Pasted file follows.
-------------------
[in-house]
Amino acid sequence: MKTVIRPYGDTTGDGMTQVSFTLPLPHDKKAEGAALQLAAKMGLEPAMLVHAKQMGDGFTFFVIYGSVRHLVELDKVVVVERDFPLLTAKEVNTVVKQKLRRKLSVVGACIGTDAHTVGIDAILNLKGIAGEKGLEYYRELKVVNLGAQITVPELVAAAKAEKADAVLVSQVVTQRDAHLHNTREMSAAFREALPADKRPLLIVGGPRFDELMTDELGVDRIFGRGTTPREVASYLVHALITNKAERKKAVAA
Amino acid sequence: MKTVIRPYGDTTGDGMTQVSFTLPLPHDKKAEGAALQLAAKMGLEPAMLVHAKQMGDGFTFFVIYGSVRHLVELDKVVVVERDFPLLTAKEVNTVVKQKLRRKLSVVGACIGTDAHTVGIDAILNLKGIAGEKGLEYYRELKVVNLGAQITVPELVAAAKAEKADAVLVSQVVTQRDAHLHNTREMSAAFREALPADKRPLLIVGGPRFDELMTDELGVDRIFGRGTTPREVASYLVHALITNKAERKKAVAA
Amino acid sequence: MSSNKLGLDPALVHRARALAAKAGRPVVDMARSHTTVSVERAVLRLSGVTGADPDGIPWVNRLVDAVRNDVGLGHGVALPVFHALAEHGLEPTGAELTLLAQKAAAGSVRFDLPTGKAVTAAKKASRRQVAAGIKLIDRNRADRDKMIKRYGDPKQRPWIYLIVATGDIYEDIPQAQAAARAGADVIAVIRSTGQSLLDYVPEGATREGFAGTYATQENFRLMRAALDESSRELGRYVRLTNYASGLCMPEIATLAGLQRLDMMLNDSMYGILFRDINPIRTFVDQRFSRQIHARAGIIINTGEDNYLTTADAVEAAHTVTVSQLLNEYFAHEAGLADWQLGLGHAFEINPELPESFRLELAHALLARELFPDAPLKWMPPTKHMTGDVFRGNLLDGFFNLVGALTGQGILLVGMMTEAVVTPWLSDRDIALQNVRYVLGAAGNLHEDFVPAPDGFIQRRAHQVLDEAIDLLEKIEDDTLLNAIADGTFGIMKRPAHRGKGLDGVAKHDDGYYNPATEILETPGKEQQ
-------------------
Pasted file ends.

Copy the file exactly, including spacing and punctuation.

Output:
[in-house]
Amino acid sequence: MKTVIRPYGDTTGDGMTQVSFTLPLPHDKKAEGAALQLAAKMGLEPAMLVHAKQMGDGFTFFVIYGSVRHLVELDKVVVVERDFPLLTAKEVNTVVKQKLRRKLSVVGACIGTDAHTVGIDAILNLKGIAGEKGLEYYRELKVVNLGAQITVPELVAAAKAEKADAVLVSQVVTQRDAHLHNTREMSAAFREALPADKRPLLIVGGPRFDELMTDELGVDRIFGRGTTPREVASYLVHALITNKAERKKAVAA
Amino acid sequence: MKTVIRPYGDTTGDGMTQVSFTLPLPHDKKAEGAALQLAAKMGLEPAMLVHAKQMGDGFTFFVIYGSVRHLVELDKVVVVERDFPLLTAKEVNTVVKQKLRRKLSVVGACIGTDAHTVGIDAILNLKGIAGEKGLEYYRELKVVNLGAQITVPELVAAAKAEKADAVLVSQVVTQRDAHLHNTREMSAAFREALPADKRPLLIVGGPRFDELMTDELGVDRIFGRGTTPREVASYLVHALITNKAERKKAVAA
Amino acid sequence: MSSNKLGLDPALVHRARALAAKAGRPVVDMARSHTTVSVERAVLRLSGVTGADPDGIPWVNRLVDAVRNDVGLGHGVALPVFHALAEHGLEPTGAELTLLAQKAAAGSVRFDLPTGKAVTAAKKASRRQVAAGIKLIDRNRADRDKMIKRYGDPKQRPWIYLIVATGDIYEDIPQAQAAARAGADVIAVIRSTGQSLLDYVPEGATREGFAGTYATQENFRLMRAALDESSRELGRYVRLTNYASGLCMPEIATLAGLQRLDMMLNDSMYGILFRDINPIRTFVDQRFSRQIHARAGIIINTGEDNYLTTADAVEAAHTVTVSQLLNEYFAHEAGLADWQLGLGHAFEINPELPESFRLELAHALLARELFPDAPLKWMPPTKHMTGDVFRGNLLDGFFNLVGALTGQGILLVGMMTEAVVTPWLSDRDIALQNVRYVLGAAGNLHEDFVPAPDGFIQRRAHQVLDEAIDLLEKIEDDTLLNAIADGTFGIMKRPAHRGKGLDGVAKHDDGYYNPATEILETPGKEQQ